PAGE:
When an individual thinks of religion, the first thing that comes to a believer’s mind is the nonnegotiable worship of a supreme being(s) as a source of tranquility whenever he/she is in distress. On the other hand, to a pro-secularization individual, religion only causes pricey conflicts between different cultures and is considered an outdated practice which should not have a place in today’s society.
What people in general tend to forget about religion is that it their respective figures like Prophet Muhammad and Jesus wanted to promote a way of life that would aim to achieve a standard of living that would see all members of the community equal. And a big part of any way of life is fair trade and decreasing the gap between the rich and the poor. This essay will compare and contrast the early Christian and the current Muslim prohibitions against lending money at interest in the context of today’s constant recession-threatening environment.
In order to be able to relate both the Muslim and Christian stance on the topic of lending money at issue it is integral to highlight the why countries tend to fall into a recession. In 2008, the US recession related to Americans buying houses they could not afford. In North America, investing in real estate is seen as a bullet-proof way of making money; making a low down payment expecting the value of their house to increase but it didn’t which leads foreclosure and eventually huge losses for banks.
Today, movements such as Occupy Toronto protest the lack of social responsibility of bankers who give out mortgages knowing the client would not be able to pay it off – it’s an economical concern of using money people simply don’t physically have. In Islam, the term for interest is Riba which literally means a gain in the Arabic language. “The Prophet said, ‘The selling of wheat for wheat is Riba (usury) except if it is handed from hand to hand and equal in amount.
Similarly the selling of barley for barley is Riba except if it is from hand to hand and equal in amount, and dates for dates is usury except if it is from hand to hand and equal in amount. ” (Umar). From an economical perspective, what the Prophet of Islam is referring to here is the idea that only the actual value of dates should exist in any trade transaction. For example, a bank giving out a loan for 100,000 dollars with an interest of 10% means that the 10,000 interest to be paid does not actually exist in the economy and hence to the prophet this is considered riba because the bank is gaining money out of nowhere.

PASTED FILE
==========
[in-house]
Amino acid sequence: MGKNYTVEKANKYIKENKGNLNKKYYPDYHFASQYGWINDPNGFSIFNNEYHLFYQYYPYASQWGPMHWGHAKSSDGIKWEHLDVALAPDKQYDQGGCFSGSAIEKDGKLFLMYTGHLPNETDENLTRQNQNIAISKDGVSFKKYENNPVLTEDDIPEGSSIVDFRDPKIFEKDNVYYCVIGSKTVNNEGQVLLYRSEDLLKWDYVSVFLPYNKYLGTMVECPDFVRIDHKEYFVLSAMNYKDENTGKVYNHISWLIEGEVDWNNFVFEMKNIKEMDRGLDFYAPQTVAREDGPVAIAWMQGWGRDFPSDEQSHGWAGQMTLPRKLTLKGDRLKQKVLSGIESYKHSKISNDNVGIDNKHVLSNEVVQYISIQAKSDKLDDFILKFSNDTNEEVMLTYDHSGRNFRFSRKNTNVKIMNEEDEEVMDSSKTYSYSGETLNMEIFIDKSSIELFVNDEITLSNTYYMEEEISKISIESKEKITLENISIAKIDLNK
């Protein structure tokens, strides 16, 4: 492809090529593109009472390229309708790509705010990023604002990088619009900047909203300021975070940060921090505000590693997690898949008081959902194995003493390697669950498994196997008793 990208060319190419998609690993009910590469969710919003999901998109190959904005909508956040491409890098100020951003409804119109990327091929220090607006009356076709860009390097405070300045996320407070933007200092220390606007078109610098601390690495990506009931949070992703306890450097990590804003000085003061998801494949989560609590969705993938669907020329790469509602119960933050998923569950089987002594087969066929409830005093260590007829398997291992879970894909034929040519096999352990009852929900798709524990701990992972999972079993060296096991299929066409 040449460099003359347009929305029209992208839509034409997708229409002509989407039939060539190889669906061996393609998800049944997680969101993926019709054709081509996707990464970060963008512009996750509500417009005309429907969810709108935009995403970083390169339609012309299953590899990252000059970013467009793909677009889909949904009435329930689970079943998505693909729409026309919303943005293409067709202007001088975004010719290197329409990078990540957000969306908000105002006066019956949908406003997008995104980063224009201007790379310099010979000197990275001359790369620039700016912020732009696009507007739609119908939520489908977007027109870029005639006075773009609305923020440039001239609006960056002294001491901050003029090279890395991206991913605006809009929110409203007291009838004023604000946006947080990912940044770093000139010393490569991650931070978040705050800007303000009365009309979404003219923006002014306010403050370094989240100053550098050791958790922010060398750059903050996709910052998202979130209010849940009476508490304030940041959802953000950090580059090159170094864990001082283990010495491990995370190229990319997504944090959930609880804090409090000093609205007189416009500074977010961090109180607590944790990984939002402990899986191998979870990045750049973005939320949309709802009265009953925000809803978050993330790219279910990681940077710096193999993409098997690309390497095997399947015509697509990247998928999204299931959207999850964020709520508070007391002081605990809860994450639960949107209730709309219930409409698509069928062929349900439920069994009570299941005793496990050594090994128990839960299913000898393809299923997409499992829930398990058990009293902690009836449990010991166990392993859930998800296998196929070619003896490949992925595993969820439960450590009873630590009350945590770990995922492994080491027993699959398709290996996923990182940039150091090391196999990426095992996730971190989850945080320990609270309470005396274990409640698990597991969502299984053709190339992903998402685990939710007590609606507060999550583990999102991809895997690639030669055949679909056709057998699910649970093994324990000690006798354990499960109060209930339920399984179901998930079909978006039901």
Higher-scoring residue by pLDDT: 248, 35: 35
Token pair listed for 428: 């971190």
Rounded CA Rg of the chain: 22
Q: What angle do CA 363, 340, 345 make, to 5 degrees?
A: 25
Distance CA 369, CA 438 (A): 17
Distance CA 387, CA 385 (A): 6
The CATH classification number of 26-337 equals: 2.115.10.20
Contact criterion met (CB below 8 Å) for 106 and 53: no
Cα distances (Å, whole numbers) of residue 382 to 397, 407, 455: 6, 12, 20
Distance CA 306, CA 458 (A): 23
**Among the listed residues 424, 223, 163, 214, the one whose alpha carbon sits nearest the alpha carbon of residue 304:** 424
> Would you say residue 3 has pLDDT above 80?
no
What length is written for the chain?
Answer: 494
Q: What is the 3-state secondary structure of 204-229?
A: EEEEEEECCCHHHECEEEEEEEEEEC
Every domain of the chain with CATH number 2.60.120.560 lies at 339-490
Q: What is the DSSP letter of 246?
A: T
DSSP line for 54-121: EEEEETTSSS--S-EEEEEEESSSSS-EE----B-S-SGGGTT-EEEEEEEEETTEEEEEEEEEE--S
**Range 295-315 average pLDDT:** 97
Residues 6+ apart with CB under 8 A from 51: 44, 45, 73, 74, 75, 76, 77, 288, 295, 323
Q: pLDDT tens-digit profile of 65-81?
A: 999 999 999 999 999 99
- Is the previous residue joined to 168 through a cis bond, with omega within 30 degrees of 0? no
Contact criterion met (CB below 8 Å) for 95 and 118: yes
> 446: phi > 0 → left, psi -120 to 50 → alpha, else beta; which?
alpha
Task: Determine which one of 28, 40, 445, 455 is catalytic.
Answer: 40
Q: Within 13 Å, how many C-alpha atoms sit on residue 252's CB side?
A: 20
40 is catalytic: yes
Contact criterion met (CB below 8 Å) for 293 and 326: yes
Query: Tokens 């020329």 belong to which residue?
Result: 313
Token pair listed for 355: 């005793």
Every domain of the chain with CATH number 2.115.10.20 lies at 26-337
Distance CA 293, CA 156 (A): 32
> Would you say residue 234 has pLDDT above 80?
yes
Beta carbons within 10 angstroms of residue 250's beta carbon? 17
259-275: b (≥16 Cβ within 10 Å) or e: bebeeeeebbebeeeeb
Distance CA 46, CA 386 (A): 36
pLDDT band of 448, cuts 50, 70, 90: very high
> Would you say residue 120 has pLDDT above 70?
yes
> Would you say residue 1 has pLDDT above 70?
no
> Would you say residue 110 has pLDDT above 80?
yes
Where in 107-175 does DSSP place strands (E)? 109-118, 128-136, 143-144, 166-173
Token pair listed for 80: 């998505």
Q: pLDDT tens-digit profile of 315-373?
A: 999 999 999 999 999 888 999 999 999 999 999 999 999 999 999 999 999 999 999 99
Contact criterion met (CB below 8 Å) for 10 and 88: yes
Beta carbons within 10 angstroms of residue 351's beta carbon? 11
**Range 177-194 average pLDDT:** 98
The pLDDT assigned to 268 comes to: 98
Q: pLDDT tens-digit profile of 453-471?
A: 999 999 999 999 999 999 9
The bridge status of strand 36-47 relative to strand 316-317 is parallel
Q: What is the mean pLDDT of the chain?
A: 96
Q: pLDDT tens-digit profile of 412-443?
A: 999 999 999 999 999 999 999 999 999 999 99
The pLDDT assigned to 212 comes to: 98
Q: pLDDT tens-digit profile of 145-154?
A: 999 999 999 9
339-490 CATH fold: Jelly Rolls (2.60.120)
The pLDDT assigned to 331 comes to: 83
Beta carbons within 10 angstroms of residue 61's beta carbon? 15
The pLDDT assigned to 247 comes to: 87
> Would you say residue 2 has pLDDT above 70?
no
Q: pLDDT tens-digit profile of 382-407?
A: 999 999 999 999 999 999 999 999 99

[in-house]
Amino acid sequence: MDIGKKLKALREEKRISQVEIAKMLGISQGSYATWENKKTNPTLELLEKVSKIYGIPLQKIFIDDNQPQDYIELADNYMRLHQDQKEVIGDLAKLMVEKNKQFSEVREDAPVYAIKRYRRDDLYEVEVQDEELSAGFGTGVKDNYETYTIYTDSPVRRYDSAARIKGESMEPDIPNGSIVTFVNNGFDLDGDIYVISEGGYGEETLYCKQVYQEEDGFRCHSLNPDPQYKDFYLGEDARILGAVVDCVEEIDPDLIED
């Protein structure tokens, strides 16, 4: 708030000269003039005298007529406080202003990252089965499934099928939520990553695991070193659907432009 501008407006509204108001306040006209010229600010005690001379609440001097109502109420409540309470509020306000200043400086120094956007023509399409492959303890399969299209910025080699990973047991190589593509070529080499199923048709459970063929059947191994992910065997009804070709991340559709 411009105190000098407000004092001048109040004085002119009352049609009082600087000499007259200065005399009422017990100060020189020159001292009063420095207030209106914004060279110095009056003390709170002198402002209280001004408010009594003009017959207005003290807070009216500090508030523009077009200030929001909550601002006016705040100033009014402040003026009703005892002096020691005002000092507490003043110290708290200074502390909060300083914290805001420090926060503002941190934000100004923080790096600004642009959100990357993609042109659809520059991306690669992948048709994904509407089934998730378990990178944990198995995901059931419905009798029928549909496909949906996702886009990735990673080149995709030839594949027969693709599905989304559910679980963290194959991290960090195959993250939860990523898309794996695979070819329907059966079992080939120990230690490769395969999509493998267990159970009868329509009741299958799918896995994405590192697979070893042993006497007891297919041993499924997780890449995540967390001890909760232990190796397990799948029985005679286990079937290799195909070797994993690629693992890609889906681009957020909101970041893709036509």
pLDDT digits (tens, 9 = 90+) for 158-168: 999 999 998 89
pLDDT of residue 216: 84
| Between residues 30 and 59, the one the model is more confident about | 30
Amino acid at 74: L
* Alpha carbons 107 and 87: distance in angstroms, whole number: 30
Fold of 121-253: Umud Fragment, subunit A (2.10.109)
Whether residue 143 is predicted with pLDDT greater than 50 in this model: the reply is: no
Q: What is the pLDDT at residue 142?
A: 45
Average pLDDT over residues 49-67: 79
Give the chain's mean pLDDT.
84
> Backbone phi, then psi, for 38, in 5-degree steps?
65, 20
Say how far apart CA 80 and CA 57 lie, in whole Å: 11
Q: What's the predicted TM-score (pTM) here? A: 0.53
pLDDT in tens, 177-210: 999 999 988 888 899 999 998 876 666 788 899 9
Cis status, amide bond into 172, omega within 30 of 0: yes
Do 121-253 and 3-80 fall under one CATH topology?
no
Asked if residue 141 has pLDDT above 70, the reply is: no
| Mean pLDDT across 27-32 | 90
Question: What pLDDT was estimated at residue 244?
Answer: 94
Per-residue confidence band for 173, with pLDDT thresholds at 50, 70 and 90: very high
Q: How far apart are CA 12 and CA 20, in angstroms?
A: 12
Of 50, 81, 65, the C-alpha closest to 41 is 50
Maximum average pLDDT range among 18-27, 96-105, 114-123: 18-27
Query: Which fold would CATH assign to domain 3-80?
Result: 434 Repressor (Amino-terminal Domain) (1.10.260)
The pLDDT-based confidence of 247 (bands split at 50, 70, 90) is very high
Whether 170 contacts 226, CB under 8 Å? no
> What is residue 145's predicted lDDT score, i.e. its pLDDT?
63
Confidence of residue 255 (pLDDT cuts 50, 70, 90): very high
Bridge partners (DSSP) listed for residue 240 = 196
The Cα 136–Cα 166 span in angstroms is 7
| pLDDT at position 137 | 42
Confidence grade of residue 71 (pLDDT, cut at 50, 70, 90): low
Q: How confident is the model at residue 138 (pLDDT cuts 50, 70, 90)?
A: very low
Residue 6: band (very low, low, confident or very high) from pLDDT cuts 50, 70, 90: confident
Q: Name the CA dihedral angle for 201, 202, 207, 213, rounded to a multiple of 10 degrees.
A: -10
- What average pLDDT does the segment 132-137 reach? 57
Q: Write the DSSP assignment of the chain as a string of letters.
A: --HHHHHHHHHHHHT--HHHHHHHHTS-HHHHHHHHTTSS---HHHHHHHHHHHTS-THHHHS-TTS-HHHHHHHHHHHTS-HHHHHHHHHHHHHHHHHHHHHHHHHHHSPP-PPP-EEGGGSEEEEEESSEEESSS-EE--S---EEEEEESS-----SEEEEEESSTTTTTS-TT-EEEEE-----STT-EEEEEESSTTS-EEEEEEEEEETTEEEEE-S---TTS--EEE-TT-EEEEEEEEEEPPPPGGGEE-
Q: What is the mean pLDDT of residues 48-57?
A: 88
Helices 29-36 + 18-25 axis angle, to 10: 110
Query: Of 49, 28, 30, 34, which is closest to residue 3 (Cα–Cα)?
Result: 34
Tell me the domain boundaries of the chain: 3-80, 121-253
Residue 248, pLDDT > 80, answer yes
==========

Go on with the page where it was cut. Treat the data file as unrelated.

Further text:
In the Sharia, the modern day solution to this banking issue is Islamic banking which offers; “.. more just and equitable distribution of resources; more responsible and profitable lending due to the necessarily closer bank-client relationship; less volatile business cycles; and more stable banking systems. ” (Evans, 1987) Similarly, early Christianity has the same general view of usury, “In thee have they taken gifts to shed blood; thou hast taken usury and increase, and thou hast greedily gained of thy neighbours by extortion, and hast forgotten me, saith the Lord God. ” (Exekiel 22:12).
However, Islam tends to be stricter about preserving authenticity of teachings of Allah or Prophet Muhammad because the teachings were meant to be implemented in the governing of the Islamic state; shariah. Ambiguity, over time, has led to an equivocal view of usury in the Christian faith, “.. to the extent that Christian doctrine rested on an Aristotelian foundation it was vulnerable to the charge of being, at heart, anti-trade and commerce. Aristotle adopted the view, later followed by the Physiocrats, that the natural way to get wealth is by skillful management of house and land.
Usury was diabolical and clearly the worst way of making money. But there was also something degraded about trading and exchanging things rather than actually making them,as summed up in the medieval saying,‘Homo mercator vix aut numquam Deo placerepotest’– the merchant can scarcely or never be pleasing to God. By contrast, the Holy Qur’an endorsed trade, so long as it was not usurious. ” (Lewis, 2007) On the contrary, with the when Islam and Muhammad did rise to power in the Arabian region, trade was something the Arabs were known for and was also religiously encouraged; there were virtually no disputes or new philosophies.
A lack of a solid implementation of the no usury rule (which only strictly existed in Early Christianity) lead to more lenient rule as times changed and the numerous Scriptures were considered more and more ambiguous. As the ages progressed since early Christianity, it went from no exceptions to usury to exceptions made such as allowed usury as long as the interest rate for the loan was fair and reasonable.
In one of Ruston’s books he mentioned; “usury passed from being an offence against public morality which a Christian government was expected to suppress to being a matter of private conscience [and] a new generation of Christian moralists redefined usury as excessive interest” (R, 1993) Hence, since Islam and Christianity are both Abrahamic religions, the view on the concept of usury is fairly similar in essence however politics has always had an influence on trade since the beginning of time.
In today’s world, with Muslim nations trading with Christian and secular nations and likewise with banking, it has become increasingly difficult to impose shariah or the teachings of Jesus in our interdependent global economy. Globally, the concern of usury has transformed to become more of a concern of social responsibility and social justice. While Islamic and Christian share similarities and some slight political differences with regards to interest, it remains an important moral reminder of preserving financial stability even if it might sound a little too unrealistic and utopian in our world today.
Courtney from Study Moose
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